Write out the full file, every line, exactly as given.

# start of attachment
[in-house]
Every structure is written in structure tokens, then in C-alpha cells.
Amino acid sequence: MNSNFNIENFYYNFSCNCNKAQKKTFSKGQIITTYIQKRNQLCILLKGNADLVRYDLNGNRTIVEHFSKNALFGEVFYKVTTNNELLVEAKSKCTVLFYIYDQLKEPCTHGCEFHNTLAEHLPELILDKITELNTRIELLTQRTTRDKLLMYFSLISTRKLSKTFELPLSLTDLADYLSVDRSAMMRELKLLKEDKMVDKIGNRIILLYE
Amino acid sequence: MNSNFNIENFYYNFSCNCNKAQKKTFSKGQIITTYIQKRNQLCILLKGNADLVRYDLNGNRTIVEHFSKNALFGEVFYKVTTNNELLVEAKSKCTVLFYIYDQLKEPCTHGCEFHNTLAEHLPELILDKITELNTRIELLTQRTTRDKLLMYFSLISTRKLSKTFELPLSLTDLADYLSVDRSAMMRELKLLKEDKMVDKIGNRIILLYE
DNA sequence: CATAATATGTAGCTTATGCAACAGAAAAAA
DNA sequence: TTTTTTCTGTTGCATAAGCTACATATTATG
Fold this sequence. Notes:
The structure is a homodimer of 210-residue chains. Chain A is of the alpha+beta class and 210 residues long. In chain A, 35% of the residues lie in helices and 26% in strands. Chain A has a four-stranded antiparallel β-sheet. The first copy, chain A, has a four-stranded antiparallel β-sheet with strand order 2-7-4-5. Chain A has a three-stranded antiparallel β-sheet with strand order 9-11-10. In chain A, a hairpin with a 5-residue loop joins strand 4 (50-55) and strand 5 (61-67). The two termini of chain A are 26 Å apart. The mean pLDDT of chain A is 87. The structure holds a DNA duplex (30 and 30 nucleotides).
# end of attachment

[in-house]
Every structure is written in structure tokens, then in C-alpha cells.
Amino acid sequence: MNSNFNIENFYYNFSCNCNKAQKKTFSKGQIITTYIQKRNQLCILLKGNADLVRYDLNGNRTIVEHFSKNALFGEVFYKVTTNNELLVEAKSKCTVLFYIYDQLKEPCTHGCEFHNTLAEHLPELILDKITELNTRIELLTQRTTRDKLLMYFSLISTRKLSKTFELPLSLTDLADYLSVDRSAMMRELKLLKEDKMVDKIGNRIILLYE
Amino acid sequence: MNSNFNIENFYYNFSCNCNKAQKKTFSKGQIITTYIQKRNQLCILLKGNADLVRYDLNGNRTIVEHFSKNALFGEVFYKVTTNNELLVEAKSKCTVLFYIYDQLKEPCTHGCEFHNTLAEHLPELILDKITELNTRIELLTQRTTRDKLLMYFSLISTRKLSKTFELPLSLTDLADYLSVDRSAMMRELKLLKEDKMVDKIGNRIILLYE
DNA sequence: CATAATATGTAGCTTATGCAACAGAAAAAA
DNA sequence: TTTTTTCTGTTGCATAAGCTACATATTATG
Fold this sequence. Notes:
The structure is a homodimer of 210-residue chains. Chain A is of the alpha+beta class and 210 residues long. In chain A, 35% of the residues lie in helices and 26% in strands. Chain A has a four-stranded antiparallel β-sheet. The first copy, chain A, has a four-stranded antiparallel β-sheet with strand order 2-7-4-5. Chain A has a three-stranded antiparallel β-sheet with strand order 9-11-10. In chain A, a hairpin with a 5-residue loop joins strand 4 (50-55) and strand 5 (61-67). The two termini of chain A are 26 Å apart. The mean pLDDT of chain A is 87. The structure holds a DNA duplex (30 and 30 nucleotides).